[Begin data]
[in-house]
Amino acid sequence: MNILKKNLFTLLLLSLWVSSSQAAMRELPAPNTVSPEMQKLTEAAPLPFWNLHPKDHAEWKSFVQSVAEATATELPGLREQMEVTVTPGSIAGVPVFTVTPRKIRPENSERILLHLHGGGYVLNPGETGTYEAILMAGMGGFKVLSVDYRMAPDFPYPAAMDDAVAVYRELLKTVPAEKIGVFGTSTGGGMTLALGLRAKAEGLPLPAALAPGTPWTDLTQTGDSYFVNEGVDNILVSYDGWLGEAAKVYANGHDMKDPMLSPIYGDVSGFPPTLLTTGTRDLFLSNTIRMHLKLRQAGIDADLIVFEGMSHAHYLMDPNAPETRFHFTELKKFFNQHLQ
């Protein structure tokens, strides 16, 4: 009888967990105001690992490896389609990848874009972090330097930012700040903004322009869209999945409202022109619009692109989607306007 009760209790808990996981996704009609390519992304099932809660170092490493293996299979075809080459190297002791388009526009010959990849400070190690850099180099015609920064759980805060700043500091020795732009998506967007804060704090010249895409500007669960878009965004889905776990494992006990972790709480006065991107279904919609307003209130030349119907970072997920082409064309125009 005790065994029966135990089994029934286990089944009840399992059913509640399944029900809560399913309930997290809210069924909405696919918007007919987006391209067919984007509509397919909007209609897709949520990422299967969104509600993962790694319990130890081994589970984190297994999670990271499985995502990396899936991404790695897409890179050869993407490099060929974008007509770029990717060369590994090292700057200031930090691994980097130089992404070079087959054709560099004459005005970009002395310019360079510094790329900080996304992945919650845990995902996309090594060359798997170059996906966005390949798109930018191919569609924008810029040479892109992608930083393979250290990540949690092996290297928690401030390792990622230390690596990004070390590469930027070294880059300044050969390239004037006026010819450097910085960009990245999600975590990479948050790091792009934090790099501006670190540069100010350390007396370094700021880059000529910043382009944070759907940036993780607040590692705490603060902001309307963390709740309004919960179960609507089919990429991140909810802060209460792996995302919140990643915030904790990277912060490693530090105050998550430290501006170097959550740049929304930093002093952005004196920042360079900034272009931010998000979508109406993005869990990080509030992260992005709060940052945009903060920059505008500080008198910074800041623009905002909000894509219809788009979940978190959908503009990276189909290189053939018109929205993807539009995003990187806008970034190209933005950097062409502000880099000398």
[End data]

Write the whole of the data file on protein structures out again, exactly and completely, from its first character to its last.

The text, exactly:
[in-house]
Amino acid sequence: MNILKKNLFTLLLLSLWVSSSQAAMRELPAPNTVSPEMQKLTEAAPLPFWNLHPKDHAEWKSFVQSVAEATATELPGLREQMEVTVTPGSIAGVPVFTVTPRKIRPENSERILLHLHGGGYVLNPGETGTYEAILMAGMGGFKVLSVDYRMAPDFPYPAAMDDAVAVYRELLKTVPAEKIGVFGTSTGGGMTLALGLRAKAEGLPLPAALAPGTPWTDLTQTGDSYFVNEGVDNILVSYDGWLGEAAKVYANGHDMKDPMLSPIYGDVSGFPPTLLTTGTRDLFLSNTIRMHLKLRQAGIDADLIVFEGMSHAHYLMDPNAPETRFHFTELKKFFNQHLQ
């Protein structure tokens, strides 16, 4: 009888967990105001690992490896389609990848874009972090330097930012700040903004322009869209999945409202022109619009692109989607306007 009760209790808990996981996704009609390519992304099932809660170092490493293996299979075809080459190297002791388009526009010959990849400070190690850099180099015609920064759980805060700043500091020795732009998506967007804060704090010249895409500007669960878009965004889905776990494992006990972790709480006065991107279904919609307003209130030349119907970072997920082409064309125009 005790065994029966135990089994029934286990089944009840399992059913509640399944029900809560399913309930997290809210069924909405696919918007007919987006391209067919984007509509397919909007209609897709949520990422299967969104509600993962790694319990130890081994589970984190297994999670990271499985995502990396899936991404790695897409890179050869993407490099060929974008007509770029990717060369590994090292700057200031930090691994980097130089992404070079087959054709560099004459005005970009002395310019360079510094790329900080996304992945919650845990995902996309090594060359798997170059996906966005390949798109930018191919569609924008810029040479892109992608930083393979250290990540949690092996290297928690401030390792990622230390690596990004070390590469930027070294880059300044050969390239004037006026010819450097910085960009990245999600975590990479948050790091792009934090790099501006670190540069100010350390007396370094700021880059000529910043382009944070759907940036993780607040590692705490603060902001309307963390709740309004919960179960609507089919990429991140909810802060209460792996995302919140990643915030904790990277912060490693530090105050998550430290501006170097959550740049929304930093002093952005004196920042360079900034272009931010998000979508109406993005869990990080509030992260992005709060940052945009903060920059505008500080008198910074800041623009905002909000894509219809788009979940978190959908503009990276189909290189053939018109929205993807539009995003990187806008970034190209933005950097062409502000880099000398």